“We’re a different, outside-the-box-thinking nonprofit. We like to rock the boat a lot,” said Grant Zarzour, Co-Founder / Chairman of the Fuse Project [] in Mobile, Ala.. Fuse Project is dedicated to providing the spark for innovation, funding and implementation of projects benefiting children along Alabama’s Gulf Coast. It invests in initiatives promoting the health, fitness, education and social responsibility of our children. Zarzour’s choice of words was not just a turn of phrase, either. The organization’s big fundraising event is a dragon boat festival, held in the summer.

“We’ve had three dragon boat festivals; the fourth will be in June of 2017. That was born of researching a lot. Our big mantra is ‘if its not ‘Wow!’, it’s not worth doing.’ We looked for 10 different fundraising ideas and dragon boat was one of them. We scratched the other nine because we wanted to focus on one, rather than nickel and dime it throughout the year,” he explained.

By focusing on one event, researching the different aspects of making it happen, learning what made the event successful in other communities and selecting the parts that worked best, Fuse Project put themselves on the map.

“The first year we made $100,000 with no employees and just 10 volunteers. We were too naive to know any better or accept the possibility of failure,” Zarzour said.

One challenge to the traditional fundraiser – even one as creative as the dragon boat race – is the initial investment required to make the event happen.

For that first dragon boat race, “We just swiped our credit card and prayed. You have to have a leap of faith and hope for a big return,” Zarzour said, before adding that “It’s not just luck – you have to have a good team wanting to make it happen.”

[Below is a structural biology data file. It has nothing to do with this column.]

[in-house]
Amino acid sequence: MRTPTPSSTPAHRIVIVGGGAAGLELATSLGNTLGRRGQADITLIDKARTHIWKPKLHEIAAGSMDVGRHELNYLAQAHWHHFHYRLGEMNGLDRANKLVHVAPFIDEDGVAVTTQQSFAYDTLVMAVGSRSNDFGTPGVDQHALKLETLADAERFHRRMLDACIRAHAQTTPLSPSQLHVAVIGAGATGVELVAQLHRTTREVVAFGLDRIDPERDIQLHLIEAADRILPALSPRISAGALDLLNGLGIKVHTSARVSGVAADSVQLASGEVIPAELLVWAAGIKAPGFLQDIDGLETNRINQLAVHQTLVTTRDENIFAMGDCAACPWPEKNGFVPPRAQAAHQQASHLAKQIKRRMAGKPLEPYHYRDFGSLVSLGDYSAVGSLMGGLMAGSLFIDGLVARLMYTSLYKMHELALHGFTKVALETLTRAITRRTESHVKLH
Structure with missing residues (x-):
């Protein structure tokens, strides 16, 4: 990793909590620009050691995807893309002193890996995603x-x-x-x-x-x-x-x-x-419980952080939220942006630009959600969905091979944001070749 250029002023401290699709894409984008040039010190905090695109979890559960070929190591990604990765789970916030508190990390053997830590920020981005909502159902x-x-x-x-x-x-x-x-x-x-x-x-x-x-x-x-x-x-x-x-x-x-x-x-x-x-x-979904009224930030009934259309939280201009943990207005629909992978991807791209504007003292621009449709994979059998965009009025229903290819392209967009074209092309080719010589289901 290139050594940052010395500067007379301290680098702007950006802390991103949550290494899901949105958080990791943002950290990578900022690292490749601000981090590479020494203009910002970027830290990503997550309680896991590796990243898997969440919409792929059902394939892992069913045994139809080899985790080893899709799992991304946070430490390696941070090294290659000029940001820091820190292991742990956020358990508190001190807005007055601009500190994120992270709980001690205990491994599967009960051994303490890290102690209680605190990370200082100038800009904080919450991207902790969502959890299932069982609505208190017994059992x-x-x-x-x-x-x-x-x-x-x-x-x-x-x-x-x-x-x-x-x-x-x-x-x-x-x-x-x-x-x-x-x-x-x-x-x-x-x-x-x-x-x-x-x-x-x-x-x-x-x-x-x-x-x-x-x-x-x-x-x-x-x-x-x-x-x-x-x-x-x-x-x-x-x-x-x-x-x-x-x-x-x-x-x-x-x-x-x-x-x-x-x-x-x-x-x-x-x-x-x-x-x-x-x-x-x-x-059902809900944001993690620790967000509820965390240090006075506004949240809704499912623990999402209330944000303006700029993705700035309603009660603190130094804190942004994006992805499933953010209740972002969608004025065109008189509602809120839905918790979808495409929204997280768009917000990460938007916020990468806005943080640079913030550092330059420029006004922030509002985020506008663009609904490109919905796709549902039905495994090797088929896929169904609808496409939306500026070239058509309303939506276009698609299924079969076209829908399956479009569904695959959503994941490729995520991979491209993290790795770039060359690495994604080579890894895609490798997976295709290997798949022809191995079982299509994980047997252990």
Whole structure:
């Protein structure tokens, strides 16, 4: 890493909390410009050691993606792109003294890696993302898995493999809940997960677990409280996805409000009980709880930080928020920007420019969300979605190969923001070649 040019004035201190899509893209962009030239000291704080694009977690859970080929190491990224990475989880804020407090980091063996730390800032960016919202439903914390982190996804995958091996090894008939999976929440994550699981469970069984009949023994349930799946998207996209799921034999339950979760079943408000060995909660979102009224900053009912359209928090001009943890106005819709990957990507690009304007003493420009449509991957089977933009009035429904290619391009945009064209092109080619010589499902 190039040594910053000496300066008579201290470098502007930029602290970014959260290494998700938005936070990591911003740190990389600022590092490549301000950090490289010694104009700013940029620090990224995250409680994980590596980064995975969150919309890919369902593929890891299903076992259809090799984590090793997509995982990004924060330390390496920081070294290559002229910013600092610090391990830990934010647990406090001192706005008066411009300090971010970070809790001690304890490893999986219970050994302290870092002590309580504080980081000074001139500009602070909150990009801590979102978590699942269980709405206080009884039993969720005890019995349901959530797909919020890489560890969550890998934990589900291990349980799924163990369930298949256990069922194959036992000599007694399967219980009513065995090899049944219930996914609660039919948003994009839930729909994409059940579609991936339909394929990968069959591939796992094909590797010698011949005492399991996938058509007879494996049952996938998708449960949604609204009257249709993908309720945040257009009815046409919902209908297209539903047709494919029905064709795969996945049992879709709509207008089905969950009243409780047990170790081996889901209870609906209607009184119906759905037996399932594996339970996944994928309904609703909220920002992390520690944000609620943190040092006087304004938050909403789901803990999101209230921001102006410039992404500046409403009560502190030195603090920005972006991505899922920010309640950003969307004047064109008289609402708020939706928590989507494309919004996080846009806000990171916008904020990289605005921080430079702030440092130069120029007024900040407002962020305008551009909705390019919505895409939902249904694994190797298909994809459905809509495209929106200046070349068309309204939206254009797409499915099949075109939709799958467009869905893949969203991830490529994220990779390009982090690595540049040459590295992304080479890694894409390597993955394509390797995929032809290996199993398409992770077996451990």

And the end results are often worth the effort.

“A gala is much more expensive. They are more involved and it takes money to put in … but the return is 3-5 fold or more depending on how well it does with ticket sales, but it’s a lot more effort and it takes a lot more coordinating,” Turner said.

Golf tournaments are equally involved.

“The golf tournament takes months of planning. It’s not a lot of money up front, but it needs a lot of sponsorship and work getting teams secured. It requires more marketing skills getting people to come,” she continued, adding that in addition to the golf tournament and previously held galas, CYT has also held “spirit nights” at local eateries, to moderate success.

“Spirit nights are minimal work for us,” she said, but the returns aren’t as big. The success of spirit nights are measured on a different level. “You can socialize and it’s a win-win for both the company hosting and the organization.”

Funding to meet needs not financial goals

The most effective fundraising depends less on the size of the event as it does reading – and meeting – the community’s needs.

Athletes C.A.R.E. [], a 501(c)3 operating at five different colleges or universities in the Northeast, uses athletics to make a lasting impact on the lives of others by providing assistance and support to the needy, hungry, and homeless.